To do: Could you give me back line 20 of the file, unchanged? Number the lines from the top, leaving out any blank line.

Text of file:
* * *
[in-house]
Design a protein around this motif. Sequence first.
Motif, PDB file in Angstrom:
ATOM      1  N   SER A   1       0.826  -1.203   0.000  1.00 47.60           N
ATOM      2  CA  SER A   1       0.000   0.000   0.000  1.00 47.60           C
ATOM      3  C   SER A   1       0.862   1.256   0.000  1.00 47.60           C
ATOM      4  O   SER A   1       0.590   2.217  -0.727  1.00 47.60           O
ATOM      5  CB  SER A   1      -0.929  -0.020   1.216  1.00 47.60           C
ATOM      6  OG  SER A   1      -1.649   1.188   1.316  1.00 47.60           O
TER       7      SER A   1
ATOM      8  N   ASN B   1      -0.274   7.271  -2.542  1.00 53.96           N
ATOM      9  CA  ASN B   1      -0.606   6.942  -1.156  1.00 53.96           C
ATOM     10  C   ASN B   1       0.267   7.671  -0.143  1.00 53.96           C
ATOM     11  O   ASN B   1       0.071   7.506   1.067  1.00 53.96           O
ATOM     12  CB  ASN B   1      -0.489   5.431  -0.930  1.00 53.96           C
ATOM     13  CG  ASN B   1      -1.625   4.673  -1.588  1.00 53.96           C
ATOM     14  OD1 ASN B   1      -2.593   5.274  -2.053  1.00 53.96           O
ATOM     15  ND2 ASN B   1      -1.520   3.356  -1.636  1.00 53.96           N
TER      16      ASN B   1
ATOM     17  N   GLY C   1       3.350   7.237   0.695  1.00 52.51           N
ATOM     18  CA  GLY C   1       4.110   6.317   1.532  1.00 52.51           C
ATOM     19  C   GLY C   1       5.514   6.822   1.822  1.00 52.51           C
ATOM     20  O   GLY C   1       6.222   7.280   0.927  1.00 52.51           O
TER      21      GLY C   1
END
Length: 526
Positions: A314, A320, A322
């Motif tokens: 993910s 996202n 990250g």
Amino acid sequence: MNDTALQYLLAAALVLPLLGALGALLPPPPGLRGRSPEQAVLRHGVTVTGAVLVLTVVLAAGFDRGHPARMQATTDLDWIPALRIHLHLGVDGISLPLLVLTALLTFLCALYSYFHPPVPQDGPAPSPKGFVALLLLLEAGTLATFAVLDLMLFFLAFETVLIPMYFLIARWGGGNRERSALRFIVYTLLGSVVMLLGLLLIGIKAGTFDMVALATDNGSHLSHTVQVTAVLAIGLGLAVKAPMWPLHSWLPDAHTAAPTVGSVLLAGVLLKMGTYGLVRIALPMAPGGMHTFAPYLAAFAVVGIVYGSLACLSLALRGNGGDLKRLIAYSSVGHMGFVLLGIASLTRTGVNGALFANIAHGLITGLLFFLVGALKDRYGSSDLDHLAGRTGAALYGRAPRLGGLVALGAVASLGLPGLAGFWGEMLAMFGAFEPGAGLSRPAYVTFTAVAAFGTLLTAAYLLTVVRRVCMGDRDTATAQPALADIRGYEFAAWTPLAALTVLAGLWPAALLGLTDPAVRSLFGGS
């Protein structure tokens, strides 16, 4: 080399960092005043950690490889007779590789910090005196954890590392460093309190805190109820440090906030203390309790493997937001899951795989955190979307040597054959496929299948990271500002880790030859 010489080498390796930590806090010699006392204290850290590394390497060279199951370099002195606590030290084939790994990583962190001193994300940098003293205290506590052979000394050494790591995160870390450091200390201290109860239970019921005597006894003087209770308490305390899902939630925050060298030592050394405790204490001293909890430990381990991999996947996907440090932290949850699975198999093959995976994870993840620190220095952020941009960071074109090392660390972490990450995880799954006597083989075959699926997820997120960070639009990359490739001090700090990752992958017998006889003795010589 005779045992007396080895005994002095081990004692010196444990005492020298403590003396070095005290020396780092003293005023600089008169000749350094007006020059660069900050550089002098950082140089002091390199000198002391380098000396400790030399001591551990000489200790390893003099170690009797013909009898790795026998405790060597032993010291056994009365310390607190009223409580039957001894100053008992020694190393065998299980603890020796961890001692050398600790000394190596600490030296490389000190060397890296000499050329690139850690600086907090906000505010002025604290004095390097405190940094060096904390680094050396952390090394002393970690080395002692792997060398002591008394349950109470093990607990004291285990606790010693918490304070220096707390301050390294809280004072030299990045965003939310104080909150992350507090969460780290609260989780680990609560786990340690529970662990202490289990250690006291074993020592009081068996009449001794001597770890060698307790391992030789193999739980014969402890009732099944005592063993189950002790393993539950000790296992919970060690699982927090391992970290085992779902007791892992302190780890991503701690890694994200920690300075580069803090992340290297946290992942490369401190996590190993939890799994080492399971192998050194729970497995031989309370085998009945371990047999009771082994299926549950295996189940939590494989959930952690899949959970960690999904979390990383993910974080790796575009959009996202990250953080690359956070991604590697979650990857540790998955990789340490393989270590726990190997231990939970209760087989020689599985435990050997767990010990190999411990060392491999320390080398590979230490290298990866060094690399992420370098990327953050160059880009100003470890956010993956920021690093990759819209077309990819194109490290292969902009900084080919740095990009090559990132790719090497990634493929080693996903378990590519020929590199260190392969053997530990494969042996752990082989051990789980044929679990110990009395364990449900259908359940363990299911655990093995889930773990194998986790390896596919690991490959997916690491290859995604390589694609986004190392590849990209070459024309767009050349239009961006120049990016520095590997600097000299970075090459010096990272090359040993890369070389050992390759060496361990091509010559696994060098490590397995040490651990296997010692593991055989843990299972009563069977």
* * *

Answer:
ATOM     17  N   GLY C   1       3.350   7.237   0.695  1.00 52.51           N